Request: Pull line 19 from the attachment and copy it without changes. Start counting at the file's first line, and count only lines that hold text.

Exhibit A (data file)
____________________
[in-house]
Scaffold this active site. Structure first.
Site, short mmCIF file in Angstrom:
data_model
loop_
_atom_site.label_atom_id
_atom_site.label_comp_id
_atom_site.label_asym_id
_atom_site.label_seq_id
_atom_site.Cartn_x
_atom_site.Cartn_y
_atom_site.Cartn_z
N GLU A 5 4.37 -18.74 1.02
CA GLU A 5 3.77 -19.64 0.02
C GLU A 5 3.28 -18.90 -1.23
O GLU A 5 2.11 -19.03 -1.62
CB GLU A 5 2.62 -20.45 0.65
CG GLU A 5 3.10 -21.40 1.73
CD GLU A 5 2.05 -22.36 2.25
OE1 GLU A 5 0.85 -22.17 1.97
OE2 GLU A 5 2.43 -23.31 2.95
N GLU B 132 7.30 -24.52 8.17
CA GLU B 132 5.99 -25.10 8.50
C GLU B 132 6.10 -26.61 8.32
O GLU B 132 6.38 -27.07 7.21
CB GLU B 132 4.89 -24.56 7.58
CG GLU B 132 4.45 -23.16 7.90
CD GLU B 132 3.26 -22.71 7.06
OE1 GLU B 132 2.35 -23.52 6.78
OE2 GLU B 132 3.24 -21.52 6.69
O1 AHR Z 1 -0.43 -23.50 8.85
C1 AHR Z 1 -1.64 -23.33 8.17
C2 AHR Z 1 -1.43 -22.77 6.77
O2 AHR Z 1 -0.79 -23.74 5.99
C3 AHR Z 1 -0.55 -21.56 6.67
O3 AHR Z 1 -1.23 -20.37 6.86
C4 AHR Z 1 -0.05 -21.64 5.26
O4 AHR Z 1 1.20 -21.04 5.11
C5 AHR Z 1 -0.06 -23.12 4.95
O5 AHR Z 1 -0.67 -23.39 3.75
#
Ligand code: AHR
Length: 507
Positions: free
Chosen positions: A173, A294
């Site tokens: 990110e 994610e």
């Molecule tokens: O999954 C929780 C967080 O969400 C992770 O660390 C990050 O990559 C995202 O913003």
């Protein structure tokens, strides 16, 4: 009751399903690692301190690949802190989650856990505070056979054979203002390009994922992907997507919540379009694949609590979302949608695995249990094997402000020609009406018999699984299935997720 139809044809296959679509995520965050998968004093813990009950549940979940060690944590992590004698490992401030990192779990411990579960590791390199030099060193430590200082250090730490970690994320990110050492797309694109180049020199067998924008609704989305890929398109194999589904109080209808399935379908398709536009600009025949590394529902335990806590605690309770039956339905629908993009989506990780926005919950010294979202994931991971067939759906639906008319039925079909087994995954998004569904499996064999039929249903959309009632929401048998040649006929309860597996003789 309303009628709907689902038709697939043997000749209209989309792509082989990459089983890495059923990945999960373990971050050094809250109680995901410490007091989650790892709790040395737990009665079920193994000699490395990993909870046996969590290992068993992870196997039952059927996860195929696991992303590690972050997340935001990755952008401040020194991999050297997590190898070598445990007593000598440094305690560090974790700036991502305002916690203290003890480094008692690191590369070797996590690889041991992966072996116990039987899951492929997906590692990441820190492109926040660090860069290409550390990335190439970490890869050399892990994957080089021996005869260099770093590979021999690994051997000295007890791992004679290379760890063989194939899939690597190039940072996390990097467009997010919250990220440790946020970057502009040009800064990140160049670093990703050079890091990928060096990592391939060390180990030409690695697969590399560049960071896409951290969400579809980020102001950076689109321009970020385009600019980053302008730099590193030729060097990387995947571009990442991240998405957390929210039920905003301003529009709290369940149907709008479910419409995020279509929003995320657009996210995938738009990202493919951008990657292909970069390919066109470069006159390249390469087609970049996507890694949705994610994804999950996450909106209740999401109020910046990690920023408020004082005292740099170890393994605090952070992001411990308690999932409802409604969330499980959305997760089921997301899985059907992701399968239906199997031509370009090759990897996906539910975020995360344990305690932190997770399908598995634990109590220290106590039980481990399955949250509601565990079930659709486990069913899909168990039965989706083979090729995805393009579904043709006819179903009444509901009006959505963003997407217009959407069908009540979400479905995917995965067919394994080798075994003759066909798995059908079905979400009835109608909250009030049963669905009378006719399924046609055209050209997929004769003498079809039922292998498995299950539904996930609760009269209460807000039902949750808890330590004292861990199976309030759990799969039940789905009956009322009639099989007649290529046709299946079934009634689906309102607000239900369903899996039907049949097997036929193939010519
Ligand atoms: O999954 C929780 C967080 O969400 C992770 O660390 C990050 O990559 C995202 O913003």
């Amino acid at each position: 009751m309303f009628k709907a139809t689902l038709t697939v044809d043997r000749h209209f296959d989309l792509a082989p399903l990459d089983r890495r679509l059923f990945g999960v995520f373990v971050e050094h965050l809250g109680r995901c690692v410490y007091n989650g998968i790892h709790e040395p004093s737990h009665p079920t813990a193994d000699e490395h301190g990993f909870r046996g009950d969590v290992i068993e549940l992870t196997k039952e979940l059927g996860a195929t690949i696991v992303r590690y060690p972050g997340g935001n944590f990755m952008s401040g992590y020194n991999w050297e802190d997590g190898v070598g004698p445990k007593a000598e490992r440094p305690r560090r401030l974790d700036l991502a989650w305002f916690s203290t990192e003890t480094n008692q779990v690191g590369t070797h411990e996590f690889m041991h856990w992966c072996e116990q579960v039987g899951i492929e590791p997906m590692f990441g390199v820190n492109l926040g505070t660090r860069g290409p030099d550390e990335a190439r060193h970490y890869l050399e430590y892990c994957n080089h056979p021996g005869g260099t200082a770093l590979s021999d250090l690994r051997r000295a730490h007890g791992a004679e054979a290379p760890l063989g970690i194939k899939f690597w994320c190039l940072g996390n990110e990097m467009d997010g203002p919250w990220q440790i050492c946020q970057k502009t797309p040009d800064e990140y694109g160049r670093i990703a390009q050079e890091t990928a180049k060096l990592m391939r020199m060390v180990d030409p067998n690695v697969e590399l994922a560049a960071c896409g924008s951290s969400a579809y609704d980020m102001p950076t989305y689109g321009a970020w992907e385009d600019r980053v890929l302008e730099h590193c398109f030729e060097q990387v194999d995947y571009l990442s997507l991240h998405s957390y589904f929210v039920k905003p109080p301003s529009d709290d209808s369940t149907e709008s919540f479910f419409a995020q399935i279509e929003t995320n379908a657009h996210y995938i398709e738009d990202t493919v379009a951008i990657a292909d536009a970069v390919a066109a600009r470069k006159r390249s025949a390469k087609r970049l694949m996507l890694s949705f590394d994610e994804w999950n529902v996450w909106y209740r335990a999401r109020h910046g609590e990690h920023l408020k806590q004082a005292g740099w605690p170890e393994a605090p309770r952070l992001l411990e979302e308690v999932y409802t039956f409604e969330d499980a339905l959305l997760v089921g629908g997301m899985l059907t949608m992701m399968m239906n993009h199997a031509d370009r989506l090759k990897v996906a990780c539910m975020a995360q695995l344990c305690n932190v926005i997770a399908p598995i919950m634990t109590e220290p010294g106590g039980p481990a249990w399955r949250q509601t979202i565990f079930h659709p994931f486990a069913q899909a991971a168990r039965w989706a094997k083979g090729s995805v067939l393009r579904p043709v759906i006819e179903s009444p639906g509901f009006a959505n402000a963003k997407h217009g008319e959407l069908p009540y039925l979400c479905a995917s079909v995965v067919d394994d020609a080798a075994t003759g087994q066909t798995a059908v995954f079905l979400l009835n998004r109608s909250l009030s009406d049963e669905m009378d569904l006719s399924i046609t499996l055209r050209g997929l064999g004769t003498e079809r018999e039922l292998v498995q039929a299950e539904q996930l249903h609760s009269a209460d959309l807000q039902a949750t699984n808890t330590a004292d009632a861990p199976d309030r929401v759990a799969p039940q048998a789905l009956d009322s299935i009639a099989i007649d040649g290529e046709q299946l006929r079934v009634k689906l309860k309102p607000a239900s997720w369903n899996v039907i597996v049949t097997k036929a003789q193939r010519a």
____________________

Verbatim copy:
CD GLU A 5 2.05 -22.36 2.25